Although teachers and staff access separate domains, they are connected for teachers and staff to collaborate.
What are the benefits of GAFE? It is free for schools, is a powerful set of collaborative applications, and is so easy to use. GAFE is so much more than email.
The first thing we did was create a school website with Google Sites. We are a small school district, so saving costs of even small things like a school website is important. You will see at that site everything we need to present for different entities as well as for the community. We use public and team calendars, plan with collaborative documents, and share data in spreadsheets. Notice some links are private and some are public. That is the beauty of GAFE: it's secure with options for sharing and collaborating. For more information from Google, read here. I blogged about the website development process here.
For the classroom teacher and students, GAFE is so powerful for its collaborative features. This blog is part of GAFE. It's a newsletter for our families to keep up with our work. For students, Google Sites provide the start page on their computers with our Language Arts WebSite. I can place all assignments, links to resources, tips, etc. all in that site, which is essentially a wiki and very easy to use, share, and maintain.
How do we use Google Apps in the classroom? I can maintain a transition to the kind of learner this world needs-- a learner who can consider, critique, communicate, collaborate, and create, and a learner who can combine the digital, artistic, oral and written components of literacy.
Thinking as writing teacher, I know students need to learn traits and styles of quality writing from ideas and word choice, to introductions and conclusions. I know to guide them in these. In teaching traits, styles, organization, etc., I include the social and thinking traits of learning: consider, critique, communicate, collaborate, and create. For example, after analyzing and practicing group models of introductions and conclusions to establish the criteria for excellence, we apply our learning as a collaborative experience.
Here's an example: The Cove Assignment
I created these directions in Google Docs, making digital copies of the document and sharing with students teams online -- no print out necessary. They just go to File--> Make a copy and start working from the template. Students work in pairs on one of the documents. First, the pairs read the body of an essay. They consider the main ideas of the essay and brainstorm ideas and examples that would best introduce and conclude the essay. They critique their own ideas and collaborate on writing the introductions and conclusions. They self-evaluate their work. As a class, we critique each piece, considering the pros and cons of good introductions and conclusions, offering compliments to the traits and styles of writing shared by the pairs of students in their documents. The conversations — the listening, considering, and critiquing — enhance the learning while the tool — Google Docs — allow the conversations and composition to occur seamlessly: no difficulty reading handwriting, no one waiting while another wrote by hand; everything is accessible and visible for analysis and input on the ideas in the Google Document at their computer and later projected on-screen in whole class discussions (no need to transfer files). When students now create their own essays or photo essays, the art part will also be included. However, the conversation and composition will be paramount.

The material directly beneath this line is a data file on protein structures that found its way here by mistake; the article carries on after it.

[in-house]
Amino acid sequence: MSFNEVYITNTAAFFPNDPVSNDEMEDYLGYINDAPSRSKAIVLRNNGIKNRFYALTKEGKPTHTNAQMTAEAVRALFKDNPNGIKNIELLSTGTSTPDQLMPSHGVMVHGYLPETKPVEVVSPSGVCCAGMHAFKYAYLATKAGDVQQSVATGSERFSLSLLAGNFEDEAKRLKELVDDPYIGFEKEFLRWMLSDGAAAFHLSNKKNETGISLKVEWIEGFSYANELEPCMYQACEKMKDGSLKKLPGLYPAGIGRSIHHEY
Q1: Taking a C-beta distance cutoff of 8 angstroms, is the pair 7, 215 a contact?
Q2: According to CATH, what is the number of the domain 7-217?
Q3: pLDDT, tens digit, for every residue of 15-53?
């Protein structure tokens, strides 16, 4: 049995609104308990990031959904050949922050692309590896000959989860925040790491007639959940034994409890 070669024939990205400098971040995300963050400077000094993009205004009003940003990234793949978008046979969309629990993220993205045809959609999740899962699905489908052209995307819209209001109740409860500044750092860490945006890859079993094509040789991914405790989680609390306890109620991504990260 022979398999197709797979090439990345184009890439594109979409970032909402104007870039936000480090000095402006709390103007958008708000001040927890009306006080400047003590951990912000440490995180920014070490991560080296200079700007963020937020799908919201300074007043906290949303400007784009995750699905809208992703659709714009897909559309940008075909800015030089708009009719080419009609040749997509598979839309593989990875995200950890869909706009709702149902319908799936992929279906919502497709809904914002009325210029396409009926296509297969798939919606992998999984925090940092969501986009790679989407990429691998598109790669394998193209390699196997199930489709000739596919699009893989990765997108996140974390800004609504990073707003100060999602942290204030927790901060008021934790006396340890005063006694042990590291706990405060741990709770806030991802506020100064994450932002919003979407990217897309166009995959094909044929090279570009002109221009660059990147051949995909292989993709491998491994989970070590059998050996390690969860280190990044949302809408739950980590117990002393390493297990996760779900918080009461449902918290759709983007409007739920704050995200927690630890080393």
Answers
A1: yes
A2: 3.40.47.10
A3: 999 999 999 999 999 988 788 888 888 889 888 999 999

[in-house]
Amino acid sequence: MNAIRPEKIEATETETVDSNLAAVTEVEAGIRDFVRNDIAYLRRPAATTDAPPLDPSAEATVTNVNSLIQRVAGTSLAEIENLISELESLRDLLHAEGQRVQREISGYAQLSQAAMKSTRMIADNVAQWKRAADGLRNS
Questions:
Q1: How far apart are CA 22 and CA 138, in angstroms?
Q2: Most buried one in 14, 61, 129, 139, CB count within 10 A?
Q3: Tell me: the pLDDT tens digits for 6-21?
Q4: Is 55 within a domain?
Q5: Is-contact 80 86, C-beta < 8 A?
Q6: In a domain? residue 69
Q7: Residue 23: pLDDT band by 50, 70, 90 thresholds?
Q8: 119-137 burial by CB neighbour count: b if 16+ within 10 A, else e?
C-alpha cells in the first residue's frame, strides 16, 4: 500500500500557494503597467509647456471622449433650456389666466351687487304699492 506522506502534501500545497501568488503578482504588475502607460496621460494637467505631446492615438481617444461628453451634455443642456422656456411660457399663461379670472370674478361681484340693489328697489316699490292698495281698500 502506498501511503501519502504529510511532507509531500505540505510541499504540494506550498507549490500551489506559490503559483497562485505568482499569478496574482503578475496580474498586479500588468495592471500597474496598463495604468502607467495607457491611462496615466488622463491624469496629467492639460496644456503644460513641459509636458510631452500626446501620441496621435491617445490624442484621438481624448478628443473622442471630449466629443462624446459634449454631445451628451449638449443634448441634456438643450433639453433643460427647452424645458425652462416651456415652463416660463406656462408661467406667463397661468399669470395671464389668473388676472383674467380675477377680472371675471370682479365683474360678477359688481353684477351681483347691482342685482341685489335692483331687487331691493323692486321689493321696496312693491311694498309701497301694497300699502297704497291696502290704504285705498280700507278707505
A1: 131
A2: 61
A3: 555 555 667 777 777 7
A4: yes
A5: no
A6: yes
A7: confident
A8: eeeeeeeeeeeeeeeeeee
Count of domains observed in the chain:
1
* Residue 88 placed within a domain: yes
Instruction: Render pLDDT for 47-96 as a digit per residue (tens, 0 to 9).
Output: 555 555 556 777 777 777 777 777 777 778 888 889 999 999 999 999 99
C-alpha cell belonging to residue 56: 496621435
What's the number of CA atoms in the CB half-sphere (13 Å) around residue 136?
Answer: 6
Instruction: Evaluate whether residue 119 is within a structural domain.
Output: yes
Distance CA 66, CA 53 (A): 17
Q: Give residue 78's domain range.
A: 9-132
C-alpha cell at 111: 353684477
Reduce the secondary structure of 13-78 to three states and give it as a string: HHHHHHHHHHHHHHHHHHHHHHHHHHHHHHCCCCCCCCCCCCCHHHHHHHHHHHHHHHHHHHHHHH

We've created many collaborative projects, our favorite including: Digital Citizenship, Veterans Day, and a Thank You for our Outdoor Day, Owhi Lake Day. Remember: students created these online, at the same time, commenting, and discussing through the application. Very powerful.
Feedback is so essential to learning -- it's what drives us to get better. A coach watches their players and provides tips and practice for each kids need to help the team get better. GAFE allows the same. We can carry on a coaching conversation, guiding each student to success through tips, links, review, etc.
Google Forms allows for quick prompts, quizzes, and daily starter activities [works with Scholastic's Daily Starter].
When discussing a video or speech, we use Google Docs as a backchannel so every one can participate. One document: each students chooses a space to claim and adds their notes. Great for class notes, discovering questions, clearing up misconceptions.
Finally, GAFE plays well with others. We can share our Google Documents in Edmodo and Kidblogs!
Hapara's Teacher Dashboard provides the management system to monitor and offer immediate feedback with a quick click to add comments to each student’s work. It’s a lifesaver for busy teachers. We have even collaborated with two classes in Iowa to create lessons for other students in the Parts of Speech. Some students created skits and movies and some created Google Presentations. Last year the two schools worked on persuasive ads, deciding who would do what and uploading to share to put the ideas/videos/presentations together. [Here's one video part]. All that collaboration was completed through team Google documents using an ongoing dialogue within the document and within the chat/comments. These were amazing experiences we need to recreate for other collaborative projects this year.
Want more information about GAFE, and why we love it:
ABC: Apps Based Classroom
As a classroom teacher, I am moving with my students from a traditional style teacher into a transitional teacher. And new traditions are forming… How could Google Apps transition you and your students?
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